Is Zealandia a continent? | Science News for Students

Is Zealandia a continent?

Landmass lies mostly beneath the Pacific Ocean
Mar 13, 2017 — 7:10 am EST
New Zealand

New Zealand rises from the center of a previously unknown, largely submerged continent, scientists propose. They call it Zealandia.

Stuart Rankin/Flickr (CC BY-NC 2.0), NASA

Lurking beneath New Zealand is a long-hidden continent, geologists now propose. They call it Zealandia. Don’t expect it to soon end up on a map on your classroom wall, though. Nobody is in charge of officially designating a new continent. Scientists will have to judge for themselves if Zealandia should be added to the ranks of continents.

A team of geologists pitched the scientific case for judging this a new continent in the March/April issue of GSA Today. Zealandia is a continuous expanse of continental crust. It covers some 4.9 million square kilometers (1.9 million square miles). That’s about the size of the Indian subcontinent. But it would be the smallest of the world’s continents. And unlike the others, around 94 percent of Zealandia hides beneath the ocean. Only New Zealand, New Caledonia and a few small islands peek above the waves over it.

“If we could pull the plug on the world’s oceans, it would be quite clear that Zealandia stands out,” says study coauthor Nick Mortimer. He is a geologist at GNS Science in Dunedin, New Zealand. Zealandia rises about 3,000 meters (9,800 feet) above the surrounding ocean crust, he notes. “If it wasn’t for the ocean level,” he says, “long ago we’d have recognized Zealandia for what it was — a continent.”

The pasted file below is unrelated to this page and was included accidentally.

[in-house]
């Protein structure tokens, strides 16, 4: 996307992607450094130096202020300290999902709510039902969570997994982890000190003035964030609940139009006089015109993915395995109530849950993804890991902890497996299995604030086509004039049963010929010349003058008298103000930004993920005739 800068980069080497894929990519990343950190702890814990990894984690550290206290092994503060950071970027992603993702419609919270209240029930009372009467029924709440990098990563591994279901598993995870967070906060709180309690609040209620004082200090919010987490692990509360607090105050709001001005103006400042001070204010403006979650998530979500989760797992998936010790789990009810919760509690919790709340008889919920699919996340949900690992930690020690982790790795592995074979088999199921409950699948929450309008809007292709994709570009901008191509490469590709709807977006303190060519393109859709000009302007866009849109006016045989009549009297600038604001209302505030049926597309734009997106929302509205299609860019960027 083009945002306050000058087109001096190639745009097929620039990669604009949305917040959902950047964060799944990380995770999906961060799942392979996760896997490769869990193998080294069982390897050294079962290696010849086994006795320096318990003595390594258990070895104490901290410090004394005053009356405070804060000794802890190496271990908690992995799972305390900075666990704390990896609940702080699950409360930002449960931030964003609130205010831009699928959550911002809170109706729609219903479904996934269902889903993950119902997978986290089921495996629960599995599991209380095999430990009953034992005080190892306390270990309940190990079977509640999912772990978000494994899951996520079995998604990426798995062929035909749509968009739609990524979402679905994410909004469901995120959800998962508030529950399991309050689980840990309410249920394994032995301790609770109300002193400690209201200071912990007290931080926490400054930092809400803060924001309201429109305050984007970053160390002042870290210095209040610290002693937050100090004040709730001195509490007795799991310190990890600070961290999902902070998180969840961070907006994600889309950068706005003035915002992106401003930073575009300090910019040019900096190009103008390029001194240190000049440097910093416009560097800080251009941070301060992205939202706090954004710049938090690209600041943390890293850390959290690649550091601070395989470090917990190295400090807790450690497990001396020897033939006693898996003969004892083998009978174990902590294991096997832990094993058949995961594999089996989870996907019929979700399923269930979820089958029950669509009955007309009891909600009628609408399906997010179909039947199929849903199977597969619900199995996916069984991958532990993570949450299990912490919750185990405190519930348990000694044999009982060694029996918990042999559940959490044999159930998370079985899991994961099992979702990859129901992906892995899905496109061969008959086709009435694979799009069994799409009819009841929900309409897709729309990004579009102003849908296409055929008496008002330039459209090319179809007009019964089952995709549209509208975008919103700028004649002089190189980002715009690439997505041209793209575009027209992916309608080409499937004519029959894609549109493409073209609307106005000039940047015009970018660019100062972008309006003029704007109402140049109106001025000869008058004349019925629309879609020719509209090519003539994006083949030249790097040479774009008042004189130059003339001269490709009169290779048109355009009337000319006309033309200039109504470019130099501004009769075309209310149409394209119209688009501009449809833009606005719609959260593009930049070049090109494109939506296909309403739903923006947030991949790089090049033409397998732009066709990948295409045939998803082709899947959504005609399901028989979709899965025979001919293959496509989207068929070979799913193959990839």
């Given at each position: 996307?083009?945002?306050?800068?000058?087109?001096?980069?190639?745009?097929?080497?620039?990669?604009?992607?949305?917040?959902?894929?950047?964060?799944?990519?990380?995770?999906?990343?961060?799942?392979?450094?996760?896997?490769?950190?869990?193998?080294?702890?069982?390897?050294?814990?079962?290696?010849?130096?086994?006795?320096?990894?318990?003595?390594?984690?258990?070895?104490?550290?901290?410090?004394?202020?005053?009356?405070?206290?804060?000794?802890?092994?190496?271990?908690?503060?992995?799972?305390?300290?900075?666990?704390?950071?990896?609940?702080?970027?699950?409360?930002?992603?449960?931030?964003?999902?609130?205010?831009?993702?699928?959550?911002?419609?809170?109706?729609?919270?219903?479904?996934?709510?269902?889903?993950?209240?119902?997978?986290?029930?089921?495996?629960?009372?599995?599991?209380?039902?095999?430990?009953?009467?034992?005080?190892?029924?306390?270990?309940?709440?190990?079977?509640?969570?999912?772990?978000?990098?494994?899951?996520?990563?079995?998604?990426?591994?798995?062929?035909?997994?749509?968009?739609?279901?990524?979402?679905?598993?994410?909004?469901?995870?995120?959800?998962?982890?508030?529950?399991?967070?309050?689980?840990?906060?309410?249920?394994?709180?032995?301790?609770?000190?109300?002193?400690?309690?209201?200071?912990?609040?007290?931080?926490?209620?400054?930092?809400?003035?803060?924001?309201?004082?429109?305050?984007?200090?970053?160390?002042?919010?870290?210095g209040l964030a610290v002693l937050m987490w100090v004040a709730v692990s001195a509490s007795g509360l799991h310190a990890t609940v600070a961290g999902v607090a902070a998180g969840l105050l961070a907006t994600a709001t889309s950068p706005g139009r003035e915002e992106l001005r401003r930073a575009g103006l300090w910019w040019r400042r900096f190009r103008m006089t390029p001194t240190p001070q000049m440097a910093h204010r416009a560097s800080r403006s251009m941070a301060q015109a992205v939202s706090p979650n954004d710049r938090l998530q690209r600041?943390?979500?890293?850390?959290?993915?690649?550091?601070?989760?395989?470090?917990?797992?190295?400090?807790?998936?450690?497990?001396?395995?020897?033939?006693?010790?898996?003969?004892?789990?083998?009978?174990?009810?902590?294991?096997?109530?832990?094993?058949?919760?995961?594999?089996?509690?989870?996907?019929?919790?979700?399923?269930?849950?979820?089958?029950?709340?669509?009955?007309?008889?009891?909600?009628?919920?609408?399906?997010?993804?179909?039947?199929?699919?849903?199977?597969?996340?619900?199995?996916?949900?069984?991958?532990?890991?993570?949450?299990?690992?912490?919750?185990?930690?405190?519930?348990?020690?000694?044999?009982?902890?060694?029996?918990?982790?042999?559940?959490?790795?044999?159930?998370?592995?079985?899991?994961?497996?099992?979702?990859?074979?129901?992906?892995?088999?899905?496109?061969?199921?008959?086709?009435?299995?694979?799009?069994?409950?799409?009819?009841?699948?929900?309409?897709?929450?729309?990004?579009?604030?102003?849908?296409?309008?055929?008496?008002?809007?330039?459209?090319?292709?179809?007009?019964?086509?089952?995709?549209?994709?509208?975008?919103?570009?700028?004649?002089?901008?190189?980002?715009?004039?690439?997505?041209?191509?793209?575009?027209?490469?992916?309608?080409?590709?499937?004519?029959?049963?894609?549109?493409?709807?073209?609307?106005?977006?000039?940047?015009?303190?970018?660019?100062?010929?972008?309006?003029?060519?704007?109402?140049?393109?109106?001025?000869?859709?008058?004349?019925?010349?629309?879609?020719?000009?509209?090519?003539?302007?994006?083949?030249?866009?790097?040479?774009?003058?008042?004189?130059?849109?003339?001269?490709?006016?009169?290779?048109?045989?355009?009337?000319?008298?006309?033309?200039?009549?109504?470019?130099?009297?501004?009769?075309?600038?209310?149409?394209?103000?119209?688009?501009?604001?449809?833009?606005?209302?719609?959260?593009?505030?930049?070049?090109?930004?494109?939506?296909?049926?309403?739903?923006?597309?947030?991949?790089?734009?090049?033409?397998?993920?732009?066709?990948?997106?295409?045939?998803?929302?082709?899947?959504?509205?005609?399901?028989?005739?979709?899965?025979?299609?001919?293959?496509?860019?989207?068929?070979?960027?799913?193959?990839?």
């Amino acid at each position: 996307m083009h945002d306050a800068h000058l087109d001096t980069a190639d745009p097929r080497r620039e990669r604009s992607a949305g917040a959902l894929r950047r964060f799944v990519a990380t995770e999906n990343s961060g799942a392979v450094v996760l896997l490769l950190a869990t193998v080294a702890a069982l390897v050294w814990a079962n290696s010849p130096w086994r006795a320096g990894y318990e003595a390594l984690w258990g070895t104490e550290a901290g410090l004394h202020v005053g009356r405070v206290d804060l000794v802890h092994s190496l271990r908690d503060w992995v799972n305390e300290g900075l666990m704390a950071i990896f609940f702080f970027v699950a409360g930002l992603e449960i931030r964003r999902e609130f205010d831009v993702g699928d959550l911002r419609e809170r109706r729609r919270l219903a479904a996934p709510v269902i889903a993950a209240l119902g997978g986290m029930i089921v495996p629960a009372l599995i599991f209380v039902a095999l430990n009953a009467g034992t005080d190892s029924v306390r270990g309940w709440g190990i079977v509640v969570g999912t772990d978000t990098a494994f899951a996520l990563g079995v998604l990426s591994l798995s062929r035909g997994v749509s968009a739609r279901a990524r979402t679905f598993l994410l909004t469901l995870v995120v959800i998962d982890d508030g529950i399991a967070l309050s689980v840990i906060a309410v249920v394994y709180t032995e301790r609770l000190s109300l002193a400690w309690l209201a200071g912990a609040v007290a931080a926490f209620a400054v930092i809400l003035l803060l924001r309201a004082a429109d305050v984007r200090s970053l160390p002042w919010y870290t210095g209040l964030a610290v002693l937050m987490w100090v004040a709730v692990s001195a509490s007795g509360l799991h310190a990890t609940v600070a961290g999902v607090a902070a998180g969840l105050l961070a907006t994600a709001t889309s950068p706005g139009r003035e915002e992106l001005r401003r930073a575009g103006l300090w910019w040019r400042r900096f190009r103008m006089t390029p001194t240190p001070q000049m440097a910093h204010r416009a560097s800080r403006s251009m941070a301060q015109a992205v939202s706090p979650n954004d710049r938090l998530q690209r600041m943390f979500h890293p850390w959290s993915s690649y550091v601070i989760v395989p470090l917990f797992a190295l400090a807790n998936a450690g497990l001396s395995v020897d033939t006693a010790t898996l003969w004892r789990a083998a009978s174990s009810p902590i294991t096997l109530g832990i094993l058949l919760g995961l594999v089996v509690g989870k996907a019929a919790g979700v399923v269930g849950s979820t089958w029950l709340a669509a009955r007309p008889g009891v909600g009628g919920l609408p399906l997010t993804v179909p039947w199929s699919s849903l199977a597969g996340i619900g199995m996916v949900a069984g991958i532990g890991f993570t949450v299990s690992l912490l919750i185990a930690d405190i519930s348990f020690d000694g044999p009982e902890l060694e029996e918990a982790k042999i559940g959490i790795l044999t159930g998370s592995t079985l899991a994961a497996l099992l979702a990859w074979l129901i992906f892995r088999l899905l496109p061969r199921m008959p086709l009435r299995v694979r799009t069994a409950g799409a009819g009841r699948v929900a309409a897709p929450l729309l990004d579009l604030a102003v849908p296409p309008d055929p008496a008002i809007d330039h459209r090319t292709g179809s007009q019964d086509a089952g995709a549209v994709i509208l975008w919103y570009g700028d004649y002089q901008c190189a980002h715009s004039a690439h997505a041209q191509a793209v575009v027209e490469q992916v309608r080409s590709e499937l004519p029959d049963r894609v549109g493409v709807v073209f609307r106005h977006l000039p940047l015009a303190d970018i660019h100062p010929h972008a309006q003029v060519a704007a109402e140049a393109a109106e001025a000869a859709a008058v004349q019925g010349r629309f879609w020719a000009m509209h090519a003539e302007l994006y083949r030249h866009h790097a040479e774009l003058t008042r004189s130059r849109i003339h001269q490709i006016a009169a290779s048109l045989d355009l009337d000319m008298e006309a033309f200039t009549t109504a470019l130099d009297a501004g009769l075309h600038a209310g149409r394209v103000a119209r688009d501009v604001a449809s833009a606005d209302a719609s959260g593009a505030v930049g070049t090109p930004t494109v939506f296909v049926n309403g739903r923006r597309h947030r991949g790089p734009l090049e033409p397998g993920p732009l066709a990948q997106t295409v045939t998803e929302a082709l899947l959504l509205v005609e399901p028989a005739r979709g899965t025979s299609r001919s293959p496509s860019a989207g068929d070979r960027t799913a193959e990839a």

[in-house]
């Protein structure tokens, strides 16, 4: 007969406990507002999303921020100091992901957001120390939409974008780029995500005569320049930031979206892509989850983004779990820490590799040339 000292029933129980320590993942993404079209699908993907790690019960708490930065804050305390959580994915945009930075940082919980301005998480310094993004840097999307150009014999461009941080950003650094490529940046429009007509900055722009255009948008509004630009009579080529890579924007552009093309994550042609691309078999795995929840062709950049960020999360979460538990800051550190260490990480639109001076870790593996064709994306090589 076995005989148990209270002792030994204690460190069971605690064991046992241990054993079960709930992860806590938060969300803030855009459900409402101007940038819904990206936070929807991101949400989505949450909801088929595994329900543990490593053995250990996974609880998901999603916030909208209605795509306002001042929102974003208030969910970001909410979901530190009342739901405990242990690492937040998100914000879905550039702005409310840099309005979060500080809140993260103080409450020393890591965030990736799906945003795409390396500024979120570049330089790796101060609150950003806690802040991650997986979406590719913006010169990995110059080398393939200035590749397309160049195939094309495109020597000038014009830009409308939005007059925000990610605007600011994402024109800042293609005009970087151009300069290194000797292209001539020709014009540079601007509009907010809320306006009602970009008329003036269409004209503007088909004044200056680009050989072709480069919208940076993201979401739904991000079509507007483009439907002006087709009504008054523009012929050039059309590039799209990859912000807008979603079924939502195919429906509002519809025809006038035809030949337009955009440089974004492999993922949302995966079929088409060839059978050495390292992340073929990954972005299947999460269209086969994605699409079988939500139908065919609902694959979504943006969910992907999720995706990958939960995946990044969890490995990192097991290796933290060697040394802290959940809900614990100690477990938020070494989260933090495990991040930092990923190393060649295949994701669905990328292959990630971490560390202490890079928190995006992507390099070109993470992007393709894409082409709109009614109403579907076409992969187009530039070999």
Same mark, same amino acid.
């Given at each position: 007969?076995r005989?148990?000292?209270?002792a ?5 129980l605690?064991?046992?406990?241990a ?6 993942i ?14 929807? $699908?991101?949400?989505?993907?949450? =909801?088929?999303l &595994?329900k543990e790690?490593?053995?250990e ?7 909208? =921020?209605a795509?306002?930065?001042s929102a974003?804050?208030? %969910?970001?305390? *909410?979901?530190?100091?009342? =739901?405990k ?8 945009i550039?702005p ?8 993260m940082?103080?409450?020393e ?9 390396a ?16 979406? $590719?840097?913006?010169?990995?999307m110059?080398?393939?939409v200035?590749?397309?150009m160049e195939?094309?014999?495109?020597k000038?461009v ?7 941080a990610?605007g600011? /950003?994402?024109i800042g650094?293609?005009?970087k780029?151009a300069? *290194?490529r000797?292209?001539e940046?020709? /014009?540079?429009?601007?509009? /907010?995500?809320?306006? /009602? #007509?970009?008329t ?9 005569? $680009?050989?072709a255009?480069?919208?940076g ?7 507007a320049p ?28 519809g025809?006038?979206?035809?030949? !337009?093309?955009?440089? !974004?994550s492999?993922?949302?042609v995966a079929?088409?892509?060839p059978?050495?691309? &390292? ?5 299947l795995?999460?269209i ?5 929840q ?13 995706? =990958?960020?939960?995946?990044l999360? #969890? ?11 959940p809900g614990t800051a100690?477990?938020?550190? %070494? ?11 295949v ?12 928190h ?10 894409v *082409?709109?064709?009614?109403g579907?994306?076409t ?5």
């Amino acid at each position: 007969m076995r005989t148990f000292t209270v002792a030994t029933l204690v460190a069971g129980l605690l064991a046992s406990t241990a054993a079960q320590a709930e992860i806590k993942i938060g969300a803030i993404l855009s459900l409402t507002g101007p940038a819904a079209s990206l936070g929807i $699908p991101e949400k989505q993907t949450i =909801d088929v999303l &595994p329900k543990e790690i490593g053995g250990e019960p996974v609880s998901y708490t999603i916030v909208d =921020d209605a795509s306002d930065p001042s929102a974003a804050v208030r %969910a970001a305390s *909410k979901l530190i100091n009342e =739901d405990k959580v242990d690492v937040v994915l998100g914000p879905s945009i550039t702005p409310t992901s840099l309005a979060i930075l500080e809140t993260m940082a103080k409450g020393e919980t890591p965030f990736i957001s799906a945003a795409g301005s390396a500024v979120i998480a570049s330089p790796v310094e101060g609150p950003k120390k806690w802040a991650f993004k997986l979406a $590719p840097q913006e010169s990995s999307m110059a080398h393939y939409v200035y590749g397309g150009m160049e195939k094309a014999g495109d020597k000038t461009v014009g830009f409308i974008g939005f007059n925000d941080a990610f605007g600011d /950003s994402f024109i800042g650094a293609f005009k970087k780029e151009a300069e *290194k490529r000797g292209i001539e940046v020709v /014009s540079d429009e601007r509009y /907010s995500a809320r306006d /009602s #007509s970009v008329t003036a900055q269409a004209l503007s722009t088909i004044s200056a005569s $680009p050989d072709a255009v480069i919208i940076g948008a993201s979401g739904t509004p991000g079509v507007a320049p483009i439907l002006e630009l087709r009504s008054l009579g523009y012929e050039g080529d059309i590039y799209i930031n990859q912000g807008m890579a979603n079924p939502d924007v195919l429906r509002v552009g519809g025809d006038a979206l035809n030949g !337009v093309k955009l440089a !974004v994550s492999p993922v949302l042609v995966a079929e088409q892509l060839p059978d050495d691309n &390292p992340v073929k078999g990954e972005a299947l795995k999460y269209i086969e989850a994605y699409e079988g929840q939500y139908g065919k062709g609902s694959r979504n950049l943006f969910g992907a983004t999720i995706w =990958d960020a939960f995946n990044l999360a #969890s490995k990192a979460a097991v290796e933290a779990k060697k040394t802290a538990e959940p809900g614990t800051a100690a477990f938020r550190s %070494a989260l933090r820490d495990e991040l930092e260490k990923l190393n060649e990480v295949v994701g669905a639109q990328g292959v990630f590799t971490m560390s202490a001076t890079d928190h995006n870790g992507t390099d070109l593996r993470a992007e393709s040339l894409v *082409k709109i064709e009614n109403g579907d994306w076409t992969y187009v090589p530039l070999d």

Story continues below map

continents map
A landmass called Zealandia (gray region) deserves to join the ranks of continents, some geologists now propose. Only 4 percent of Zealandia rises above sea level (dark gray), including New Zealand. But swaths of other continents also are submerged along their margins (light-shaded regions).
Nick Mortimer/GNS Science

This landmass, directly east of Australia, will face an uphill battle for continent status. New planets and slices of geologic time have international panels that can officially name them. But there is no such group to officially validate new continents. The current number of continents is already vague. Most everyone agrees on five of them: Africa, Antarctica, Australia and North and South America. Some people, however, combine the last two — Europe and Asia — into one huge Eurasia. There’s no formal way to add Zealandia to this mix. Proponents will just have to start using the term and hope it catches on, Mortimer says.

This odd path forward stems from the simple fact that nobody expected another continent would ever need to be added, says Keith Klepeis. He is a structural geologist at the University of Vermont in Burlington. He supports the move to add Zealandia. Its discovery illustrates that “the large and obvious can be overlooked in science,” he says.

A case for a new continent

Earth is composed of three main layers — a core, mantle and crust. The crust comes in two types. Continental crust is made of rocks such as granite. A much denser ocean crust is made of a volcanic rock known as basalt. Because ocean crust is thinner than continental crust, it doesn’t rise up as far. That has created low spots around the globe that have been filled in by oceans.

Continents can’t be made of oceanic crust. But having continental crust isn’t enough to confirm Zealandia is a new continent. For a decade, Mortimer and others have been building a case that it is. They have now ticked off all of the boxes that they believe are required. For instance, the region is composed of continental rocks such as granite. The region also is distinct from nearby Australia. (That is thanks to an intervening stretch of ocean crust.)

“If Zealandia was physically attached to Australia, then the big news story here wouldn’t be that there’s a new continent on planet Earth,” Mortimer says. “It’d be that the Australian continent is 4.9 million square kilometers larger.”